Another great use of the left over cake pieces is in making cake pops. (Or you can make a cake just for this). This first set of photos are from the Decorette Shop where Lenette works, and made these Cake Pops. You can see that cake pops don’t stop with the little round balls on the ends of a stick. Indeed, they can take on all sorts of shapes and decoration. Between Lenette and Marilyn, they got me started; I think I should probably take Lenette’s class on making cake pops because it is obvious that she is quite skilled at it.
My first take on making cake pops is that it is just as hard as making dipped chocolates; first there is the making of the filling, then the melting of the candy melts, and finally bringing it all together. It is a little like dipping chocolates, but easier since the stick provides a good handle.
I am going to be a little vague about quantities in the ingredient list; in my case, I was using the left over cake from making home-made Ding Dongs, and left over chocolate ganache. Lenette says that she uses left over cake from when she levels a cake to flatten it; she just puts the pieces in the freezer and when she has enough and time, goes into Cake Pop mode. Even without taking the class, she gave me plenty of hints on how to proceed; I didn’t use all that she said because I wanted to get the basics down and learn how the candy melts worked. On the non-ball shaped cake pops, Lenette said that you shape the cake before dipping it in the candy melts; I had assumed that you shaped the warm candy melts.
I measured some of the ingredients today, and this is what I know. I used a single 8 inch round cake layer-(1/2 a cake mix box). I crumbled it in the food processor, and then added the ganache. The ganache required 6 ounces of chocolate and 1.5 ounces of heavy cream. (I made it backwards by heating the cream in the microwave, and then adding the chocolate to it; normally you pour the hot cream over the chocolate). In the end, I made 3.5 dozen cake pops. I used my #60 scoop to form the dough balls, and it took 16 ounces of melted chocolate to glue the sticks into the balls, and to cover the balls.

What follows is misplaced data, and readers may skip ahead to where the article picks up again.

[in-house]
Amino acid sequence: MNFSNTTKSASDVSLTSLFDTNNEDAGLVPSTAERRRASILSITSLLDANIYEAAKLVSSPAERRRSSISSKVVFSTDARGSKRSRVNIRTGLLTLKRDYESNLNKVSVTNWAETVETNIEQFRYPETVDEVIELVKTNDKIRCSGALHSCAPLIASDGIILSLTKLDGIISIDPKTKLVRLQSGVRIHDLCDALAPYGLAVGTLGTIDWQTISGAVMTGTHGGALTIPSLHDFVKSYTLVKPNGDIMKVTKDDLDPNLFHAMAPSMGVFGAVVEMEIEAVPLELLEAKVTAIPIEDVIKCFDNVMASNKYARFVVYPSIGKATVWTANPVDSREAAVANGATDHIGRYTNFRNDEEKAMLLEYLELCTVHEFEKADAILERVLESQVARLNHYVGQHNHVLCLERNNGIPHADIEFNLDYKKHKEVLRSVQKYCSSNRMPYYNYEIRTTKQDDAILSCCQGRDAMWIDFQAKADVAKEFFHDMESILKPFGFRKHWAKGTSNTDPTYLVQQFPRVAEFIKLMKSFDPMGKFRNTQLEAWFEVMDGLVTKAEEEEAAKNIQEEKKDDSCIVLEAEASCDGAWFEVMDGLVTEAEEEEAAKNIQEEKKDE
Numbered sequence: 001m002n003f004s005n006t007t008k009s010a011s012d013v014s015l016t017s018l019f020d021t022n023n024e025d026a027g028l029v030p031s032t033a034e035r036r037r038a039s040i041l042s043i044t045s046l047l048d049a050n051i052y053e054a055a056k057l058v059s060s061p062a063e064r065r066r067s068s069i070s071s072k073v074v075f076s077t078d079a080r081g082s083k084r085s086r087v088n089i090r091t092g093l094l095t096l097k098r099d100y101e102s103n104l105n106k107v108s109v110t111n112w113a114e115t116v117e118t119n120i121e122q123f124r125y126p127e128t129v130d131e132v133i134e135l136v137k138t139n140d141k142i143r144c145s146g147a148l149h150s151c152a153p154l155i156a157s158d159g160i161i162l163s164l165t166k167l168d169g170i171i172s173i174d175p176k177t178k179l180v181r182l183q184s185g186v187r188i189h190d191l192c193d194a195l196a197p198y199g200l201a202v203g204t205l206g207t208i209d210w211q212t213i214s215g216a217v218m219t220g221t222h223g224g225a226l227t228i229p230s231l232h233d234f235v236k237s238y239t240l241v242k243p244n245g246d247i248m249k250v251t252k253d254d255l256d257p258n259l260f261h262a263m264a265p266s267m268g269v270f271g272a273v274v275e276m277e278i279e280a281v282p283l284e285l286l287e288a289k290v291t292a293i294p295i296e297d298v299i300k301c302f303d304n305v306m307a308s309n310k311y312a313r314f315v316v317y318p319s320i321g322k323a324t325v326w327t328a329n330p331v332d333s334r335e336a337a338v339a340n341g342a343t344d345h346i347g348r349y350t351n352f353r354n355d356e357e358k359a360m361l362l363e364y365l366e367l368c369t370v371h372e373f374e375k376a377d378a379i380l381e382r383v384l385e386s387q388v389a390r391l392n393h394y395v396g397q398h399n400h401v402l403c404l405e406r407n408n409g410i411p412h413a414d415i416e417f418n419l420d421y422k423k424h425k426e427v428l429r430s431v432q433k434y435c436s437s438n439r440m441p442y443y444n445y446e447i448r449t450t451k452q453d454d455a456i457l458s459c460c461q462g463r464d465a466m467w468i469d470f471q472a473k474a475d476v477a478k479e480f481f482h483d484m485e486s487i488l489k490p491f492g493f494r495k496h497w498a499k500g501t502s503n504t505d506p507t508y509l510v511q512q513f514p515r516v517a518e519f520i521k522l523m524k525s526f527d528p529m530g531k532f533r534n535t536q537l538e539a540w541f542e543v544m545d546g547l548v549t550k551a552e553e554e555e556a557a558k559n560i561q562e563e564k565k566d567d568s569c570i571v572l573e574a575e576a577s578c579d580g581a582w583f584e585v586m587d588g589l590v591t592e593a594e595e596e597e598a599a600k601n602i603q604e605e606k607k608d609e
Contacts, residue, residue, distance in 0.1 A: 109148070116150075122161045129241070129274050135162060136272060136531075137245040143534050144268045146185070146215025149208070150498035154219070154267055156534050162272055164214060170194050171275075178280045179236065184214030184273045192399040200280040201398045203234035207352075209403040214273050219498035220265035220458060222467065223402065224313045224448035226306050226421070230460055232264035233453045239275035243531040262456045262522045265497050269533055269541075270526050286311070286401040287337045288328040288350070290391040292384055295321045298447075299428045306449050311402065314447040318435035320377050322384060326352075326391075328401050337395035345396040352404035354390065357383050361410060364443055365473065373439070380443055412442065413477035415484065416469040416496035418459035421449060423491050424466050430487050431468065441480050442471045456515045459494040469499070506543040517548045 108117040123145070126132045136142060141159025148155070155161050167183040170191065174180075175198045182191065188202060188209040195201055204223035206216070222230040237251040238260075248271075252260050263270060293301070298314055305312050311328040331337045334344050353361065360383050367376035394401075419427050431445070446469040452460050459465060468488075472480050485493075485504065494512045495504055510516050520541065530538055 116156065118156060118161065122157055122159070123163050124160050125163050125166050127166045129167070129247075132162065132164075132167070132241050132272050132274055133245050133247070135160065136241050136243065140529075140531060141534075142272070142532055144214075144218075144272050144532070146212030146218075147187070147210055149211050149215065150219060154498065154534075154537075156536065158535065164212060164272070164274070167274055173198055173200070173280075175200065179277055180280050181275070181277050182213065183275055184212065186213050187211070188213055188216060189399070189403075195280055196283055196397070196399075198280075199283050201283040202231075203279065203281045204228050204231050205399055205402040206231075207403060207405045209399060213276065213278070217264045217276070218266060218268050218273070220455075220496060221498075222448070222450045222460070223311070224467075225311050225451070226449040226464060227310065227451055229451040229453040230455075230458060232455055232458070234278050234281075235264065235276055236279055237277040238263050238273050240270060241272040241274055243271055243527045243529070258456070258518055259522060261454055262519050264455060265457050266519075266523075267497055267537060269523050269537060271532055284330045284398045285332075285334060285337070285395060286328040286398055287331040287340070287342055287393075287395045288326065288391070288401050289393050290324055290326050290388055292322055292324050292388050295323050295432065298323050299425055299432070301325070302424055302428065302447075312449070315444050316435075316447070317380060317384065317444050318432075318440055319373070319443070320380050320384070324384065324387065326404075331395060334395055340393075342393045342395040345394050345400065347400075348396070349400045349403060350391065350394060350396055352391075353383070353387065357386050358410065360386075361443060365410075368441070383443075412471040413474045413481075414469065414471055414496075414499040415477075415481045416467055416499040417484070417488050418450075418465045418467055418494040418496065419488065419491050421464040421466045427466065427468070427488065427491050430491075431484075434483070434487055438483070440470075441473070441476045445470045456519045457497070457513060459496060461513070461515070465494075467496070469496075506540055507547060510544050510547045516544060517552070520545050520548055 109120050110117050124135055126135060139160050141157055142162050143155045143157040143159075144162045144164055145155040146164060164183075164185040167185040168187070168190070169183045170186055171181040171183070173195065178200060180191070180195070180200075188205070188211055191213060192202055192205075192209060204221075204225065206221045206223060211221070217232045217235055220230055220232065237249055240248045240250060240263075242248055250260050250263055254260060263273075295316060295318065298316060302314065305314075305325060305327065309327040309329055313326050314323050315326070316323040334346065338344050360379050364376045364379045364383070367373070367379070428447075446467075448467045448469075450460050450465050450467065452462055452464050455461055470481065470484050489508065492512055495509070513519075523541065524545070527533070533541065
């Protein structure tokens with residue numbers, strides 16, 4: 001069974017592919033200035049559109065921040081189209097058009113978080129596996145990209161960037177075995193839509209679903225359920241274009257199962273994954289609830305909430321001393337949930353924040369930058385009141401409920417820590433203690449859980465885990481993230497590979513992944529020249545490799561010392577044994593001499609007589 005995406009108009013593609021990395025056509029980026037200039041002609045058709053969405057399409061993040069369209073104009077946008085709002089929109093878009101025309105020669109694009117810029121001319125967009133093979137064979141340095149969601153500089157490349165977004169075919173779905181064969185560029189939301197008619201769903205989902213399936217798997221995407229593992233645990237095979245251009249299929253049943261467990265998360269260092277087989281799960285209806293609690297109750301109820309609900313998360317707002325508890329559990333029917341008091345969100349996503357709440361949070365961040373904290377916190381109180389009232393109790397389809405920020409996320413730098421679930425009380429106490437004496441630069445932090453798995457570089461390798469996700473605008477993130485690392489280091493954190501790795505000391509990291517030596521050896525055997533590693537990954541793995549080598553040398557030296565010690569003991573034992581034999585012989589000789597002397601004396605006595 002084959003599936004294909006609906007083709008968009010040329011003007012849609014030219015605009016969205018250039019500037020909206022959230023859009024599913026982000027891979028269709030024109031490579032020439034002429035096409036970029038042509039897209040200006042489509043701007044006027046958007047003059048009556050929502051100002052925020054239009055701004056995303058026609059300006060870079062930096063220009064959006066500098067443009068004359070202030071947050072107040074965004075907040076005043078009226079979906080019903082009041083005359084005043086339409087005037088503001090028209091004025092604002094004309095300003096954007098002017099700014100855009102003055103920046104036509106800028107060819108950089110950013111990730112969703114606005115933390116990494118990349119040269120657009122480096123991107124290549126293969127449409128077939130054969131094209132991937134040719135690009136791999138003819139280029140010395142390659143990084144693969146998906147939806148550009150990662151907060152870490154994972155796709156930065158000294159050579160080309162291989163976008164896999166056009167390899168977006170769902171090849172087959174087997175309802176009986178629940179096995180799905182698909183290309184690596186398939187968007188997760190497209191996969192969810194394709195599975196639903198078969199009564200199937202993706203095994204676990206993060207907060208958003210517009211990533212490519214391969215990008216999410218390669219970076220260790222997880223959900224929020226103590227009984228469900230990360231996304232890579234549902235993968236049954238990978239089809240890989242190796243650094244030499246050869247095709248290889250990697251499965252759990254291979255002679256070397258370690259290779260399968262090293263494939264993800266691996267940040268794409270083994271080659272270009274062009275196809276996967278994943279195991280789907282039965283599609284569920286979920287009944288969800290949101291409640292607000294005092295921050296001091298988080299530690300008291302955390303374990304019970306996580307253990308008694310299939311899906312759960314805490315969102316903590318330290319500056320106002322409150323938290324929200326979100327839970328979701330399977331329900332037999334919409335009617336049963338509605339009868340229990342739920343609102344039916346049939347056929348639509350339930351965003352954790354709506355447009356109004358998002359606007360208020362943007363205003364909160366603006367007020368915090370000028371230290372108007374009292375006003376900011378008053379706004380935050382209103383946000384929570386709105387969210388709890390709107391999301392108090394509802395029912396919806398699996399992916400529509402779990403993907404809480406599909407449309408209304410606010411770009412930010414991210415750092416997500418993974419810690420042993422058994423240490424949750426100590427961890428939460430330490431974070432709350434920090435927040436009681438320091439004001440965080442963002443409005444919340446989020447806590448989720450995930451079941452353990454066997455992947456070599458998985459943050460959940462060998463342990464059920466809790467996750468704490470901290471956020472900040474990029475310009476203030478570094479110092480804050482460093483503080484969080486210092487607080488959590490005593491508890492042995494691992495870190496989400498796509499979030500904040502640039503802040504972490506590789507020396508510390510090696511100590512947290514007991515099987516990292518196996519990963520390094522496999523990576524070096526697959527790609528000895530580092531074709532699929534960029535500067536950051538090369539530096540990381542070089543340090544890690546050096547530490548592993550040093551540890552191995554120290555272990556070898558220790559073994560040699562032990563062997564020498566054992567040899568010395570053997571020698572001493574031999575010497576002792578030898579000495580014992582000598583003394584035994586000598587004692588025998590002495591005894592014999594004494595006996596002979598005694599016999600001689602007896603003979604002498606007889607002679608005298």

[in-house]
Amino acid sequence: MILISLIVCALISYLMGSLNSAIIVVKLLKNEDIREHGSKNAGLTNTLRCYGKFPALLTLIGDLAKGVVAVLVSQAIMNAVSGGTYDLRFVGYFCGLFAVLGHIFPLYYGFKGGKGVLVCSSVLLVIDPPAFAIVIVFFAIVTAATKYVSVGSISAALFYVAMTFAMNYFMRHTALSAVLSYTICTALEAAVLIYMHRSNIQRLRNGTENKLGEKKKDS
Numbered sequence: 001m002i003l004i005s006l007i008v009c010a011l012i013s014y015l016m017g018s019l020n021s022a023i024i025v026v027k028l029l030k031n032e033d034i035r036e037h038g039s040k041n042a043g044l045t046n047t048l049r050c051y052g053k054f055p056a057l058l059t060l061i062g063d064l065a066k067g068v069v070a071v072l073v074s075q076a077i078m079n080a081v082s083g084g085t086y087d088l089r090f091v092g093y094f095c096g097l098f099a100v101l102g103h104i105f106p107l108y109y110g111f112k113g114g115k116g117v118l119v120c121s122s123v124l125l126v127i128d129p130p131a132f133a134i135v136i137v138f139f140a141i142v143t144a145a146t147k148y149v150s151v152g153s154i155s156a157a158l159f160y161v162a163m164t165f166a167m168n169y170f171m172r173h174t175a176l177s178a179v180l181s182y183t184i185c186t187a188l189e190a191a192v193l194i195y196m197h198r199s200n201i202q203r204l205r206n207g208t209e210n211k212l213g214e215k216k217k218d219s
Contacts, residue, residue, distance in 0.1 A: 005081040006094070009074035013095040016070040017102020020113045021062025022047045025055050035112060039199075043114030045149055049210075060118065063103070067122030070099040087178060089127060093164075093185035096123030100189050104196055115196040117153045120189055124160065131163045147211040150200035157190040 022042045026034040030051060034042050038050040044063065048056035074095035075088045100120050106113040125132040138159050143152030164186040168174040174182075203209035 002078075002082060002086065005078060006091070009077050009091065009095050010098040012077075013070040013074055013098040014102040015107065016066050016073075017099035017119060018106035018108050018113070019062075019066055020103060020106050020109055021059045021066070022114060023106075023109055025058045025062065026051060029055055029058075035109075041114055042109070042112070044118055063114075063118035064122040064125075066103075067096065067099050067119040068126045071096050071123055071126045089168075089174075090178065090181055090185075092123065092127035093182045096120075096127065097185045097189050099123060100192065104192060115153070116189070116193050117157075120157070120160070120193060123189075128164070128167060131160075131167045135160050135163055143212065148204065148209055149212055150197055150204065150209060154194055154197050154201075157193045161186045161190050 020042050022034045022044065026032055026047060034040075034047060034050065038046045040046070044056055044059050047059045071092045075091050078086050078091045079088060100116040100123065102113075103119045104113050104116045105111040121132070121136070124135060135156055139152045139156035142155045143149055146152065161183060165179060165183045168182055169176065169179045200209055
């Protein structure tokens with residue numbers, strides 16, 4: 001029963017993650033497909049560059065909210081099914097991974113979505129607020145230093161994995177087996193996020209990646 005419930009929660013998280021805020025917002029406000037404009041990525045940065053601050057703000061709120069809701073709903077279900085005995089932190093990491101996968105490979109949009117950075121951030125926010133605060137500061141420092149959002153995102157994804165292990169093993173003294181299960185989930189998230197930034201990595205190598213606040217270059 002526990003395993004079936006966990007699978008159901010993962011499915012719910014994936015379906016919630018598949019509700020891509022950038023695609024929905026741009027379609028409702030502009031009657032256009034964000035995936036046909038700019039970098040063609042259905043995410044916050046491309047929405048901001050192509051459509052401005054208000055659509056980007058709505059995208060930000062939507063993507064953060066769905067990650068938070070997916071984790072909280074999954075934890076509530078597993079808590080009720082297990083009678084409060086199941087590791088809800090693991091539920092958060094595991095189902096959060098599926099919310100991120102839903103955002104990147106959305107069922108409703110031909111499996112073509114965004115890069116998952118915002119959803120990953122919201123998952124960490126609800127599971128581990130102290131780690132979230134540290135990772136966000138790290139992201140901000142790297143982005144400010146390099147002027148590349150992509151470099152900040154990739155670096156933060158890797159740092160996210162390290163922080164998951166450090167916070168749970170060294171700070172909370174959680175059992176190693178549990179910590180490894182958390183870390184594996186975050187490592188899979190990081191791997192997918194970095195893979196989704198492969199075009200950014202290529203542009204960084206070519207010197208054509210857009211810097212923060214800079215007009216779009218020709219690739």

- Baked cake- either left over pieces or one made just for this
- Ganache- that will set up stiff (e.g., ganache recipe below
- Candy melts- I used 16 oz, for 36 pops
- Sprinkles (optional)
- Crumble the cake in a food processor, in batches if necessary, and empty into a mixing bowl
- Mix into the cake crumbs the ganache; use enough to make the crumbs stick together in a dough ball
- Scoop and form into one inch balls; place on a sheet pan temporarily.
- Melt the candy melts; do not over heat- treat like chocolate.
- For each cake pop, dip the end of a stick in the candy melt and then insert into the cake pop until you feel the end coming through.
- Coat the cake pops one by one by dipping into the candy melt and rotating to coat completely.
- After coating the cake pops, decorate with sprinkles and other attached items before the candy melt hardens, and stand the cake pop upright in a styrofoam block or top of a box
Do NOT refrigerate the cake pop dough; that will cause the chocolate in it to shrink. Then, when you dip the cake pop and the candy hardens, it will crack as the dough expands back to room temperature.
Taking a hint from the Cake Pops I saw at the Decorette shop, I got out the “food marking” pens I used on the marshmallows of the Storm Troopers, and drew faces on many of my Cake Pops.
The ganache that holds the cake pop dough together has to be a very thick ganache. The normal 1 to 1 ganache is not going to work well.
- 3 oz. Heavy Cream
- 12 oz. Candy melts or Chocolate Chips (Semi Sweet and Dark Chocolate seem best)
- Put the melts or chips in a heatproof bowl.
- Heat the cream to a boil- but don’t let it boil
- Pour the cream into the bowl with the chocolate, et al. Let sit a minute to start melting the melts/chips.
- Whisk the mixture until smooth and the melts/chips are all melted.